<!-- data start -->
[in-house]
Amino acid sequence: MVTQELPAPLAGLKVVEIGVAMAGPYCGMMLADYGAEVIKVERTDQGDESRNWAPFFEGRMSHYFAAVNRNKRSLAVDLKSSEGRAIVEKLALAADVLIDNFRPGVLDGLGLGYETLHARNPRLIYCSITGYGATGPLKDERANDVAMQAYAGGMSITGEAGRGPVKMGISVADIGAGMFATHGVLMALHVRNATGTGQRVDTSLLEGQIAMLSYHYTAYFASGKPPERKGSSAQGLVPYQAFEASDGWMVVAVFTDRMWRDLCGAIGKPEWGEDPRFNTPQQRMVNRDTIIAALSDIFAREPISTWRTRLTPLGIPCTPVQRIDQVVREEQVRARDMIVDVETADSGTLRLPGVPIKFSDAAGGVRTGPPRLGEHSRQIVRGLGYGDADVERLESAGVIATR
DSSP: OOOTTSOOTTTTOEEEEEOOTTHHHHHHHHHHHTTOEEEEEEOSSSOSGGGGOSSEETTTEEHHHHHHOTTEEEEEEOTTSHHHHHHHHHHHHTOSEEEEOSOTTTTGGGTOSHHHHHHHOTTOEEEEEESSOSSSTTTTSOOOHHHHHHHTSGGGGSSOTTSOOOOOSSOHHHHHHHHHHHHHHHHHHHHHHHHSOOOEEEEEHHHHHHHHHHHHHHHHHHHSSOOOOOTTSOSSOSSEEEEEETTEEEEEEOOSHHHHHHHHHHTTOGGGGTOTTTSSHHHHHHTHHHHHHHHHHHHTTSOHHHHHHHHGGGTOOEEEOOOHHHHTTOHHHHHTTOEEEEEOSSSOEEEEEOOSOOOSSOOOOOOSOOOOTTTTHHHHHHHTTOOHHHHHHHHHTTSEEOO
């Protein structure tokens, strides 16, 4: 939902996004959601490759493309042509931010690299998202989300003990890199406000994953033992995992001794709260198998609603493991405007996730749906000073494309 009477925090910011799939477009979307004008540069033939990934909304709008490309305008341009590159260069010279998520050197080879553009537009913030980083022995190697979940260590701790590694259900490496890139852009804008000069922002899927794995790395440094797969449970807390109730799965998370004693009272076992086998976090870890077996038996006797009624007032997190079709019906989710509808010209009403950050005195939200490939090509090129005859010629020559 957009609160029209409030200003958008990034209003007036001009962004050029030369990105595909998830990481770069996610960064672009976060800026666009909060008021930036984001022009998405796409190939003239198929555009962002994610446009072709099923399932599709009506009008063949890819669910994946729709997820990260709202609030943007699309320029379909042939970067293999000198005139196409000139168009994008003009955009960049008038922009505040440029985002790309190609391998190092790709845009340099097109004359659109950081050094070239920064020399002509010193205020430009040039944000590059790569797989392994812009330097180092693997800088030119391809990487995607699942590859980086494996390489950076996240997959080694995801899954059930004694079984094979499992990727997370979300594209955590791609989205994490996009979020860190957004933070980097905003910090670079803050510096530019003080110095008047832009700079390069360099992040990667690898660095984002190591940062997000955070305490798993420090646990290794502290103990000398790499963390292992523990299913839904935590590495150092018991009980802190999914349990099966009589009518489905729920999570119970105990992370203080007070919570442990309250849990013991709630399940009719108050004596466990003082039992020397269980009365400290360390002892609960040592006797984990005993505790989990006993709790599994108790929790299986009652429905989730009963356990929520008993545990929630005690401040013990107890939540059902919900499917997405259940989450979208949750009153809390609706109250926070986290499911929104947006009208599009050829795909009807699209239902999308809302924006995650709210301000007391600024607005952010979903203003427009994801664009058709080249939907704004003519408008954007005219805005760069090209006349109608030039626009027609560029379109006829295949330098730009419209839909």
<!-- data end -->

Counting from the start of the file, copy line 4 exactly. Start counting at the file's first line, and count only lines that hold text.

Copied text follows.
């Protein structure tokens, strides 16, 4: 939902996004959601490759493309042509931010690299998202989300003990890199406000994953033992995992001794709260198998609603493991405007996730749906000073494309 009477925090910011799939477009979307004008540069033939990934909304709008490309305008341009590159260069010279998520050197080879553009537009913030980083022995190697979940260590701790590694259900490496890139852009804008000069922002899927794995790395440094797969449970807390109730799965998370004693009272076992086998976090870890077996038996006797009624007032997190079709019906989710509808010209009403950050005195939200490939090509090129005859010629020559 957009609160029209409030200003958008990034209003007036001009962004050029030369990105595909998830990481770069996610960064672009976060800026666009909060008021930036984001022009998405796409190939003239198929555009962002994610446009072709099923399932599709009506009008063949890819669910994946729709997820990260709202609030943007699309320029379909042939970067293999000198005139196409000139168009994008003009955009960049008038922009505040440029985002790309190609391998190092790709845009340099097109004359659109950081050094070239920064020399002509010193205020430009040039944000590059790569797989392994812009330097180092693997800088030119391809990487995607699942590859980086494996390489950076996240997959080694995801899954059930004694079984094979499992990727997370979300594209955590791609989205994490996009979020860190957004933070980097905003910090670079803050510096530019003080110095008047832009700079390069360099992040990667690898660095984002190591940062997000955070305490798993420090646990290794502290103990000398790499963390292992523990299913839904935590590495150092018991009980802190999914349990099966009589009518489905729920999570119970105990992370203080007070919570442990309250849990013991709630399940009719108050004596466990003082039992020397269980009365400290360390002892609960040592006797984990005993505790989990006993709790599994108790929790299986009652429905989730009963356990929520008993545990929630005690401040013990107890939540059902919900499917997405259940989450979208949750009153809390609706109250926070986290499911929104947006009208599009050829795909009807699209239902999308809302924006995650709210301000007391600024607005952010979903203003427009994801664009058709080249939907704004003519408008954007005219805005760069090209006349109608030039626009027609560029379109006829295949330098730009419209839909």